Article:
Railgun technology has existed for some time even before the EML-99X's conceptualization, but was never put to field use on the basis that providing sufficient power to fire the weapon and the durability of its construction would not be able to stand up to the demands of its users on the field, especially given the wear-and-tear such a weapon had to withstand against the BETA. Development of the EML-99X hit multiple stumbling blocks, and it took black-box data disseminated from the United Nations' weapons research department in Yokohama Base, in an under-the-table deal with the Ministry of Defence, to finally solve many of the issues with the weapons system; a possible hint that G-elements may be involved.
The EML-99X uses railgun technology to accelerate shells to very high velocities, giving the shells a high penetration power; a pair of rails guide the shells as an electromagnetic force is generated along the rails, pushing the shell out of the barrel at extreme speeds. The shells used for the EML-99X also have exhaust pods to add kinetic energy to the shell, as the ammunition itself is accelerated using the systems in the gun rather than conventional gunpowder or shell charges. The weapon is belt-fed to improve ammunition loading rates.
Unlike most railguns, the EML-99X is built with rapid-fire capability of up to 800 rounds per minute, allowing users to quickly and effeciently dispatch large numbers of BETA; a sub-arm allows the user to stablilize the gun on the shoulder armor of the TSF wielding it, further improving combat effeciency. A coolant tank and system has been built into the gun itself to compensate for the extreme heat generated by the friction of the shells against the firing rails during operation, but a failsafe will shut down the entire system in the event that the cooling system stops working. Coupled with the coolant tank and system's exposed placing, this has made engaging the BETA at medium- to close-ranges with the EML-99X a risky maneuver at best.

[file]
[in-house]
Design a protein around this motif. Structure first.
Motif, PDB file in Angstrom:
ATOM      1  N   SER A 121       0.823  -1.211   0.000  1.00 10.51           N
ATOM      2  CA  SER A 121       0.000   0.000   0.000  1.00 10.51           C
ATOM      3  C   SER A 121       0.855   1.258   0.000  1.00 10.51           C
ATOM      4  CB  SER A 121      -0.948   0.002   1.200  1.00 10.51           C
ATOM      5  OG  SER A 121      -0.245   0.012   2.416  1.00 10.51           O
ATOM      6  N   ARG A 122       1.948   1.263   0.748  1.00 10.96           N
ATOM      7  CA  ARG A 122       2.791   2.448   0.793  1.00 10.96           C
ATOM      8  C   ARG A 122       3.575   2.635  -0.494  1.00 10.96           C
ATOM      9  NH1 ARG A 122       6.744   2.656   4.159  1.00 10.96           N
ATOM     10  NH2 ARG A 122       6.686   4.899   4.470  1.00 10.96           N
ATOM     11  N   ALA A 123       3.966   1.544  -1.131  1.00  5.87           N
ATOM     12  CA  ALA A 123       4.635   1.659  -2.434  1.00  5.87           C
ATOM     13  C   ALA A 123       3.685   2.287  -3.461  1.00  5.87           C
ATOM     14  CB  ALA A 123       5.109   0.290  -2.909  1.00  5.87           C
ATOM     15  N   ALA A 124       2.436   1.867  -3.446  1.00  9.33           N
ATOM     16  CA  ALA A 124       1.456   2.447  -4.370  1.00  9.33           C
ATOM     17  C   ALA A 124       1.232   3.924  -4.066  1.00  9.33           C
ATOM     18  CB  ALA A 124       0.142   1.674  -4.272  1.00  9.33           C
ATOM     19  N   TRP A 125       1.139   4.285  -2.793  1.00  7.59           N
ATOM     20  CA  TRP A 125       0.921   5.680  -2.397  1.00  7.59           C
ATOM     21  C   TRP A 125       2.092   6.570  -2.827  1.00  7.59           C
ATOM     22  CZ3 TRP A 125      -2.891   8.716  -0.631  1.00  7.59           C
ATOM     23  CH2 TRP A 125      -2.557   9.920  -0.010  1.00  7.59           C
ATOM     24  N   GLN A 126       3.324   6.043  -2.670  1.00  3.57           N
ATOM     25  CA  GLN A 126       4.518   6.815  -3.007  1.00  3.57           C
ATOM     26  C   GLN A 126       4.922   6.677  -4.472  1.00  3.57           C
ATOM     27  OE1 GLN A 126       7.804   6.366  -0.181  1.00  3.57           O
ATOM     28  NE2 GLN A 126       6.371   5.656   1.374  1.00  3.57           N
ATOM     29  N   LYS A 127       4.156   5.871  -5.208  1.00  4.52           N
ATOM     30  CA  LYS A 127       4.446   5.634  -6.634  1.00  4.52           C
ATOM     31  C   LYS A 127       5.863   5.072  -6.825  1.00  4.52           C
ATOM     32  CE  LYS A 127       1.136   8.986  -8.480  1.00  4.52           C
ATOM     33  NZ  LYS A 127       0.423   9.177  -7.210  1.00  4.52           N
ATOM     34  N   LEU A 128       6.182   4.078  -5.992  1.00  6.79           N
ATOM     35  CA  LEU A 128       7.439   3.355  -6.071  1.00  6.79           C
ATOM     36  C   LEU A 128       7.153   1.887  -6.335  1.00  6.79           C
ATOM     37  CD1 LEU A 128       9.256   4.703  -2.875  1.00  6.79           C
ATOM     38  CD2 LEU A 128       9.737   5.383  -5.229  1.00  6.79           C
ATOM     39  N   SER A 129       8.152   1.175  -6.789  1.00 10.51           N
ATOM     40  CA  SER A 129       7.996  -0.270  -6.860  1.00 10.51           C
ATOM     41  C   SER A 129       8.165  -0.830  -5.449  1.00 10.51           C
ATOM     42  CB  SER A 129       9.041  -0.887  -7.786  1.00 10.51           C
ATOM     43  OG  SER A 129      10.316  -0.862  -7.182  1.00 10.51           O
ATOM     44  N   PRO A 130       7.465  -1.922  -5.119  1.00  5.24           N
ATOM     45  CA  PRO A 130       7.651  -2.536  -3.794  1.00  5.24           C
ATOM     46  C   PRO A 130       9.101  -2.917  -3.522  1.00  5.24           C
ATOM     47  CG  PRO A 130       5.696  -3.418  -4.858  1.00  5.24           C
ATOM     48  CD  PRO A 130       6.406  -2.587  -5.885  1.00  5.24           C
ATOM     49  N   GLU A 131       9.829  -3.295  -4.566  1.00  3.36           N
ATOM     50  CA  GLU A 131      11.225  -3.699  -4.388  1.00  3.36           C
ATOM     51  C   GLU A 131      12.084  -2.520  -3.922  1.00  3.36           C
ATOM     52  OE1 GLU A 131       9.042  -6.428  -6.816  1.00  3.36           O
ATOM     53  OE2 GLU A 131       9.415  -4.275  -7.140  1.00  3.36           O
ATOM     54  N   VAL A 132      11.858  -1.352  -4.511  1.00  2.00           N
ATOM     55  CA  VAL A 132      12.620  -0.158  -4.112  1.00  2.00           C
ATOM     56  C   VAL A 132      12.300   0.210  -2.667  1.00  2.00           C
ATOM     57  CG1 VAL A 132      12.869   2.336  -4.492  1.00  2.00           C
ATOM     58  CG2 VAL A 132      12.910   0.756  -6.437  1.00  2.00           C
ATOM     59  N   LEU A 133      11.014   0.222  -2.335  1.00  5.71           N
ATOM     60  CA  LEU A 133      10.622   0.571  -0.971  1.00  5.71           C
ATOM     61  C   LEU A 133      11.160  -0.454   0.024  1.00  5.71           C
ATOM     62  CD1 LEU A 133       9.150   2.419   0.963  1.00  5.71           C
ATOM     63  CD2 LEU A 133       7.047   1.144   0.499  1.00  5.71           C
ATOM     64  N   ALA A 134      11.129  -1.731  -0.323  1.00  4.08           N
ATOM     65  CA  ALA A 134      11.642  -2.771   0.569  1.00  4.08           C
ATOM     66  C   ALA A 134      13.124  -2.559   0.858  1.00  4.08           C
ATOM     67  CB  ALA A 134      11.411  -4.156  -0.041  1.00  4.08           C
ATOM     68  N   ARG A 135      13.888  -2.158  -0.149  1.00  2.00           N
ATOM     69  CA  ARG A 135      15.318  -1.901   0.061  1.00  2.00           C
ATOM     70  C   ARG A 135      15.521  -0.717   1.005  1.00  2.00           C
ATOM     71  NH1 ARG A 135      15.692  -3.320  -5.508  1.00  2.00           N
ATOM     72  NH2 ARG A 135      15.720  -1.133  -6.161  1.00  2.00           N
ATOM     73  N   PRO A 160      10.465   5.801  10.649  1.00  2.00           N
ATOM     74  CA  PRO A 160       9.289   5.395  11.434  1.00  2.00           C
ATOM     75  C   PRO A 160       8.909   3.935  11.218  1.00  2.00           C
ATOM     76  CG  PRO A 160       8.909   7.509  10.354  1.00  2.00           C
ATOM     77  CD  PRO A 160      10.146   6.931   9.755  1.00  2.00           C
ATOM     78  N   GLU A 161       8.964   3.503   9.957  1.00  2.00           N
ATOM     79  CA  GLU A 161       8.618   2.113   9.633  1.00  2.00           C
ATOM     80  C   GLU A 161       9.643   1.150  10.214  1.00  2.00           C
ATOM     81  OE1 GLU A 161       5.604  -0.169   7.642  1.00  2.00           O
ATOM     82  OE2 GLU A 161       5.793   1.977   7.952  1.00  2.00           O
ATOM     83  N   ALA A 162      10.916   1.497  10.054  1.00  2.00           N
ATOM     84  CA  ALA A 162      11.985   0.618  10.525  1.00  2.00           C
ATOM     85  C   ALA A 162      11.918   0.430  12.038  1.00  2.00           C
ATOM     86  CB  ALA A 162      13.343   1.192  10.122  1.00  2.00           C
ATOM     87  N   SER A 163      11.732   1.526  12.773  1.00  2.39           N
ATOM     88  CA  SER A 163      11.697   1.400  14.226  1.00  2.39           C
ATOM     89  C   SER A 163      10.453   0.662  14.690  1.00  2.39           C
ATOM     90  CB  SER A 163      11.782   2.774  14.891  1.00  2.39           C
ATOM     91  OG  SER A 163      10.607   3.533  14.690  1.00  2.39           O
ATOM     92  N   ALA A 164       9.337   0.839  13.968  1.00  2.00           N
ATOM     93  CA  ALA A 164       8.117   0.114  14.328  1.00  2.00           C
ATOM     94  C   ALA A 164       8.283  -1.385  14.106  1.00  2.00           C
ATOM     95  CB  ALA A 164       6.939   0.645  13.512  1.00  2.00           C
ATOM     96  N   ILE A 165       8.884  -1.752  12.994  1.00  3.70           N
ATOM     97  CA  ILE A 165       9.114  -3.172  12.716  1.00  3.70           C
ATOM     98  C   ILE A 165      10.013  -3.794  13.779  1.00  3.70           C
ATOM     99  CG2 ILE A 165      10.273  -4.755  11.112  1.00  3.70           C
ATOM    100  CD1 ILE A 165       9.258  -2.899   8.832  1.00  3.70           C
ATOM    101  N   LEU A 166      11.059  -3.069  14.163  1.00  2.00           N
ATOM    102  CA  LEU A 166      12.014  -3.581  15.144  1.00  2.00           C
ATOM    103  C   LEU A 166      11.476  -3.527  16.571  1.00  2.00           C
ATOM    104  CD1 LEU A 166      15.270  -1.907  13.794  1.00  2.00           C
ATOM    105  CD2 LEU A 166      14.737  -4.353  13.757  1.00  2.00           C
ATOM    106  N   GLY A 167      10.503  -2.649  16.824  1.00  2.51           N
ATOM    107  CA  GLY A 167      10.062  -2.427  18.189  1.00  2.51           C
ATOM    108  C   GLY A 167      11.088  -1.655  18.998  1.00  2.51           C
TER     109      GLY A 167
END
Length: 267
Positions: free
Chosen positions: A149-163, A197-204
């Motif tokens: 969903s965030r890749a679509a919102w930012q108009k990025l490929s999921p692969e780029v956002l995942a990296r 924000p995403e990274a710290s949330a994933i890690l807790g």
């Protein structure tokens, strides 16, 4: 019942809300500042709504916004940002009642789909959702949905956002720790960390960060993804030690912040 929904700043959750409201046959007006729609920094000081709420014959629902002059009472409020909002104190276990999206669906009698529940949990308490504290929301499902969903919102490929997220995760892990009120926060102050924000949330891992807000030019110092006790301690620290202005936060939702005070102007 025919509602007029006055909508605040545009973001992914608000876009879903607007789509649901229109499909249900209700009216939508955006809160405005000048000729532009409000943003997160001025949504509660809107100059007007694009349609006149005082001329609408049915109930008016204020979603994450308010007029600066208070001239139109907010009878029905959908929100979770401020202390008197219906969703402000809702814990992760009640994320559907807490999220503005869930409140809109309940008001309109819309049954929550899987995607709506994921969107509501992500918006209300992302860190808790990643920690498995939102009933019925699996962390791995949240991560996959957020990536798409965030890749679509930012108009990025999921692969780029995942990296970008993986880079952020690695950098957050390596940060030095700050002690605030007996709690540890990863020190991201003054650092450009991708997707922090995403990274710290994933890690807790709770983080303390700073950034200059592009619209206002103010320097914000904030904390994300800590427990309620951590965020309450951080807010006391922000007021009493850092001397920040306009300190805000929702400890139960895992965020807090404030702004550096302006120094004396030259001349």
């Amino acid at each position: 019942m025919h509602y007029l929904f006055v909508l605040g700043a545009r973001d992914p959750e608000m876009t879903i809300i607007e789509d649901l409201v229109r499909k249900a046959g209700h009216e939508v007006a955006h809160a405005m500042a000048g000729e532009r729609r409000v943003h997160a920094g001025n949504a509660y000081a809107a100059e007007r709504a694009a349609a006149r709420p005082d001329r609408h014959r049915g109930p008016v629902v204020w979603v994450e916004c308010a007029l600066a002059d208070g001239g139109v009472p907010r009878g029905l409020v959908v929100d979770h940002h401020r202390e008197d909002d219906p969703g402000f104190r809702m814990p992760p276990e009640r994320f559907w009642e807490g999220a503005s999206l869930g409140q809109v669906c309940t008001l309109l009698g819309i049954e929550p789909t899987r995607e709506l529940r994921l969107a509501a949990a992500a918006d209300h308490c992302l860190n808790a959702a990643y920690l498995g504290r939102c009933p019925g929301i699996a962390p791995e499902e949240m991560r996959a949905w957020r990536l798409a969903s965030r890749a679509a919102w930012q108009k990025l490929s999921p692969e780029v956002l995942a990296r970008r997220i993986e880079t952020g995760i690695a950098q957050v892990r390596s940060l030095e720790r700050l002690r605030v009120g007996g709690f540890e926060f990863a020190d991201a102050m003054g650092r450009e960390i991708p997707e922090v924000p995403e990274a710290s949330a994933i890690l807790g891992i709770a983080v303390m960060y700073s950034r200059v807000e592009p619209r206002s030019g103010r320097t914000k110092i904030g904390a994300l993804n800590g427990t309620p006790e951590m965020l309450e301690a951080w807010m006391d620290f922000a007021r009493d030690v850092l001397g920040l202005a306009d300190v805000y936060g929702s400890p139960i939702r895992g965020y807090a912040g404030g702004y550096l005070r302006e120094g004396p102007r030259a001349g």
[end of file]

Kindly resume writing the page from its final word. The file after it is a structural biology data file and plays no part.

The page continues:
The power demands, weight issues, and recoil effects of the EML-99X meant that only the rare and newly-developed Shiranui Type-1C could wield it effectively using its improved frame and joint systems. It was first seen tested in a simulator system, where it allowed just two TSFs to halt a brigade-sized Destroyer-class charge; the 120mm shells were fired at such a high velocity that the vaunted frontal armor of the Destroyer-class was unable to hold up, allowing the rounds to pierce through the front of the formation. This is in contrast to the 120mm cannon systems in a typical Assault Cannon, which would require two or more rounds on a single spot to achieve the same effect.
The EML-99X was finally deployed on the Kamchatka Peninsula in 2001 with the Shiranui Second Phase 1, where it aquitted itself in live combat against BETA forces; it performed exactly as it did in simulations, pulverizing a large BETA force with a single salvo. When the ц-04 Base came under attack, Argos Test Flight members Takamura Yui and Yuuya Bridges attempted to retrieve the weapon's black box, but were foiled by a BETA attack. The weapon survived a Soviet bombing wave, albeit not without severe damages, and was later returned to the Empire of Japan, just two days after the ц-04 Incident. The weapon's development status afterwards is unknown.
Unlimited/The Day AfterEdit
Ikaruga Takatsugu is seen piloting his Type-00R during the infiltratration of the JFK Hive, which is equipped with a completed version of the Electromagnetic Induction Launcher, refrerred to in the story only as 'the railgun'.